Nevertheless, in my view, rogue websites dedicated to the infringement of U.S. copyrights pose a public policy problem that merits not only serious congressional attention, but also prompt (albeit prudent) legislative action. While I’m relieved that the flawed SOPA and PIPA bills seem unlikely to pass in their current forms, I also think it would be unwise for Congress to dither on rogue sites legislation for years in search of “credible data” about how such sites impact our economy.
Over at TIME.com, [I consult public choice theory to glean](http://techland.time.com/2012/01/23/why-we-wont-see-many-protests-like-the-sopa-blackout/) the meaning of last week’s SOPA protest success:
>The SOPA blackout protest last week was an unprecedented event. Its massive success — with dozens of members of Congress switching their stance in one day under the withering intensity of thousands of phone calls — surprised even the activists who spurred the protest. So does this mean that we are entering the much-heralded era of Internet-powered citizen democracy?
Today, the Supreme Court issued its decision in U.S. v. Jones, unanimously holding that law enforcement violated the Fourth Amendment by affixing a GPS tracker to a vehicle to monitor its movements without obtaining a search warrant from a court. The following statement can be attributed to Berin Szoka, President of TechFreedom:
This was an easy case: law enforcement plainly trespassed on private property protected by the Fourth Amendment. But as the majority notes, today’s holding is only the bare minimum of the Constitution’s protections. The harder question awaits the Court: When does purely electronic surveillance—without physical trespass—violate the Fourth Amendment?
At the very least, the Court must reconsider the “third party” doctrine invented by lower courts, which denies us protection for information we share with trusted third parties like “cloud” services that host our email, photos, and documents. The Court should make clear that Fourth Amendment protections hinge not on keeping information secret, but on whether we take steps to preserve that information as private. That, not the “reasonable expectation of privacy,” is the standard the Court applied in its landmark 1967 Katz decision. It is also the only standard that will effectively protect Americans’ privacy in the digital age.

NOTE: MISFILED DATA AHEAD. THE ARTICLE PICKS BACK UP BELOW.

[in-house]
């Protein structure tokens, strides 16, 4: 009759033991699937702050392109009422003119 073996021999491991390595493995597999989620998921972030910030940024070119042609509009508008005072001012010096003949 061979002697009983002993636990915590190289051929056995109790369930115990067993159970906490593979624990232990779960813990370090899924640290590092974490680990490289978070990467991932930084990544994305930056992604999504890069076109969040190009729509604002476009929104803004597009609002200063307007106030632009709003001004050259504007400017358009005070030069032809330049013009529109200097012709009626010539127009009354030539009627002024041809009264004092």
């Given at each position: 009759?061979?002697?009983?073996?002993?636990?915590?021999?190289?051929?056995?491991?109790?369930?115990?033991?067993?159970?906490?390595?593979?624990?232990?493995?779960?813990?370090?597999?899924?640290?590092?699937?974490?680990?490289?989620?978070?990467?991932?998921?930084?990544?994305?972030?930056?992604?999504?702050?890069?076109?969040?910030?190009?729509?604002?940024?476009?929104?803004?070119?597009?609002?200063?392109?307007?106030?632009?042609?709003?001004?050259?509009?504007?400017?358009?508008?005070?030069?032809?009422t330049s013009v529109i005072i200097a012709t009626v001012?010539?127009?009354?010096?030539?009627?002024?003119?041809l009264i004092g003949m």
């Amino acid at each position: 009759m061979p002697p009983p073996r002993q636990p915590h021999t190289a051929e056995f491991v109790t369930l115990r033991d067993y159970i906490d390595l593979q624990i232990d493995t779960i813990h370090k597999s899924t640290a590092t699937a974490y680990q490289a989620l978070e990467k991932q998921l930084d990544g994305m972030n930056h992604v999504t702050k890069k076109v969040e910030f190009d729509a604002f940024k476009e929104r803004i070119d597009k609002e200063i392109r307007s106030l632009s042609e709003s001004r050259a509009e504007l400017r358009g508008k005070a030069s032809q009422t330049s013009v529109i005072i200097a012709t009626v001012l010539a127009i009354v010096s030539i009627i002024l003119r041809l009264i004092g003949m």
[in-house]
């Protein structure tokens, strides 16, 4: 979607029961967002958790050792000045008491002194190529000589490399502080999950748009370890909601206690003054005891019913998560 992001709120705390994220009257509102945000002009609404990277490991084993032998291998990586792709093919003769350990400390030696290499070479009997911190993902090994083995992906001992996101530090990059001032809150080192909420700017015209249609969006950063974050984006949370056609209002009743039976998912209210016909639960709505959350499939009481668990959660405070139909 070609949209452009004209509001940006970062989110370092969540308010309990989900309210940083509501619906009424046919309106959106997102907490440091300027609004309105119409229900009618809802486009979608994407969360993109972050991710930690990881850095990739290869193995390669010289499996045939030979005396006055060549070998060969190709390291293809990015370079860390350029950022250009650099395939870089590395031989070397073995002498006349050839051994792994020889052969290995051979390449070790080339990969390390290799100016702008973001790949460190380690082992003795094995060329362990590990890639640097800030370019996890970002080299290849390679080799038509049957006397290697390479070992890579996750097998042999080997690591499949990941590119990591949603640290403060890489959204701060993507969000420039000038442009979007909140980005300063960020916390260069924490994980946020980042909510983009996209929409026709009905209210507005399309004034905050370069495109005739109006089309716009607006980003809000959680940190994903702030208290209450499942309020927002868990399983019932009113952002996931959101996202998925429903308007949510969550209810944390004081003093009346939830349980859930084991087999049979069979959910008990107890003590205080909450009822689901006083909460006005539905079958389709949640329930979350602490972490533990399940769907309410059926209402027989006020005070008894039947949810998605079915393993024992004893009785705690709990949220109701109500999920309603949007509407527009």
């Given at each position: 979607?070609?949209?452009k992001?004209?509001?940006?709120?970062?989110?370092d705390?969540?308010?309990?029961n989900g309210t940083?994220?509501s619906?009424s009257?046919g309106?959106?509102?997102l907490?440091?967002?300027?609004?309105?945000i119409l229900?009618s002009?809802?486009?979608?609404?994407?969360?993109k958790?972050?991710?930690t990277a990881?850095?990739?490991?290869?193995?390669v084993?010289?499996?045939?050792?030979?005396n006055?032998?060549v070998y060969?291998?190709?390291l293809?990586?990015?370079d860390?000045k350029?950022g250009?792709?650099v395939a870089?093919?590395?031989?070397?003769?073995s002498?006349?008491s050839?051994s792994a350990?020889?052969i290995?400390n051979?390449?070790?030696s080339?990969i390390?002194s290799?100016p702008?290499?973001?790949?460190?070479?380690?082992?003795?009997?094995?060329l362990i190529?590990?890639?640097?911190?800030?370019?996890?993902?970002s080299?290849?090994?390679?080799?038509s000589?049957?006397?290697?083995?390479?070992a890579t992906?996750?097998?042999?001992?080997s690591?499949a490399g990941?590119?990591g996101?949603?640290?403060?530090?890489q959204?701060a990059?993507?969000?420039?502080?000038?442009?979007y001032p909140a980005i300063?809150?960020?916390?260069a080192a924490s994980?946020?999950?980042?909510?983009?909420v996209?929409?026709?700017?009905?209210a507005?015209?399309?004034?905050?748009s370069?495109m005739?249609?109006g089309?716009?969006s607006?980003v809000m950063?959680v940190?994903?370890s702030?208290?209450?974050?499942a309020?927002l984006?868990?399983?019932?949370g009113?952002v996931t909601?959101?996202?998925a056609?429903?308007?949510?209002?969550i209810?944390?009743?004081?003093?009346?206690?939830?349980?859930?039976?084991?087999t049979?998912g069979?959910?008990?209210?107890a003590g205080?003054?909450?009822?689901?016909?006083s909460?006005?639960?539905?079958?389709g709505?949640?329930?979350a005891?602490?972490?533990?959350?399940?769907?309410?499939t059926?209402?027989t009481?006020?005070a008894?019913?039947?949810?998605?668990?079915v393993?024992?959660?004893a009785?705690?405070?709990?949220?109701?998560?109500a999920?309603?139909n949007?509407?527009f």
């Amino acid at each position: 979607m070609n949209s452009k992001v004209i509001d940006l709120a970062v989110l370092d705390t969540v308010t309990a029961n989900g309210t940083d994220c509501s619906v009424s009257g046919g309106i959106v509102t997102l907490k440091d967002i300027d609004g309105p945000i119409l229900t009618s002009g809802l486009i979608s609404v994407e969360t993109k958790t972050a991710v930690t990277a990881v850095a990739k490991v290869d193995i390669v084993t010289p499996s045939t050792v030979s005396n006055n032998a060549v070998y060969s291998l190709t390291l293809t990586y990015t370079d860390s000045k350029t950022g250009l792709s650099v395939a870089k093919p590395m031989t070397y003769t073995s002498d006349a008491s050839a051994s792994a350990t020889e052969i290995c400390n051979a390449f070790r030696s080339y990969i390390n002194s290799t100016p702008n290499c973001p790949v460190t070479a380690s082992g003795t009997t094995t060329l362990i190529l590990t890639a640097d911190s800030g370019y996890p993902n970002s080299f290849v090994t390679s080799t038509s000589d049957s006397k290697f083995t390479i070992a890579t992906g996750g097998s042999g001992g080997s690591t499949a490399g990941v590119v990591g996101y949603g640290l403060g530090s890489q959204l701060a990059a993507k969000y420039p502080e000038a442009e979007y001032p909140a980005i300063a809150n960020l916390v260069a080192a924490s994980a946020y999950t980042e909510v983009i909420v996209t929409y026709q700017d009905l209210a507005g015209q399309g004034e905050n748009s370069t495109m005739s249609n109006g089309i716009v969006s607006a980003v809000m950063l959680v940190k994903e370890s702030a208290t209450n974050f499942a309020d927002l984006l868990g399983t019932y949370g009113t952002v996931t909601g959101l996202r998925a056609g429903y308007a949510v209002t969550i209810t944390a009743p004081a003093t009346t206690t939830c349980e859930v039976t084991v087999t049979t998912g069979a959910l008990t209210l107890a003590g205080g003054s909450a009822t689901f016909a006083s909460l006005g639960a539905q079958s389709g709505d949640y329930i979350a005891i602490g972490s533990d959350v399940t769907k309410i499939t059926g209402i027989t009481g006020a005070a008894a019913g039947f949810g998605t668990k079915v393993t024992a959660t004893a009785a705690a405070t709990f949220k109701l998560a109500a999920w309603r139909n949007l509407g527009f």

The move comes in the middle of a vociferous debate on PIPA and its House counterpart, the Stop Online Piracy Act (SOPA) and provides more fuel for opponents who argue that the bills threaten to undermine legal, legitimate mechanisms that are integral to the Internet technological and social utility (See my commentary posted on Reason yesterday afternoon).
PIPA supporters have argued that worries about Internet censorship and user disruption are exaggerated and the bill’s real goal is to target shadowy “rogue” sites that deal in counterfeit merchandise and pirated video downloads. Yesterday we found out just who the Feds thinks these rogue sites are.
Megaupload.com is a major commercial file-sharing site used by millions of consumers and businesses in the course of daily business. Users park large files that can then be shared among friends, family or professional workgroups. It competes directly with other such services such as Dropbox and RapidUpload. Megaupload claims to have about 50 million daily visits and even DoJ notes that at one point it was estimated to be the 13th most frequently visited site on the Internet.
Today, the Digital Advertising Alliance, a group of leading digital ad agencies and online ad networks, unveiled a campaign to bring attention to AdChoices, its icon-based system allowing users to opt-out of behavioral advertising. The following statement can be attributed to Berin Szoka, President of TechFreedom: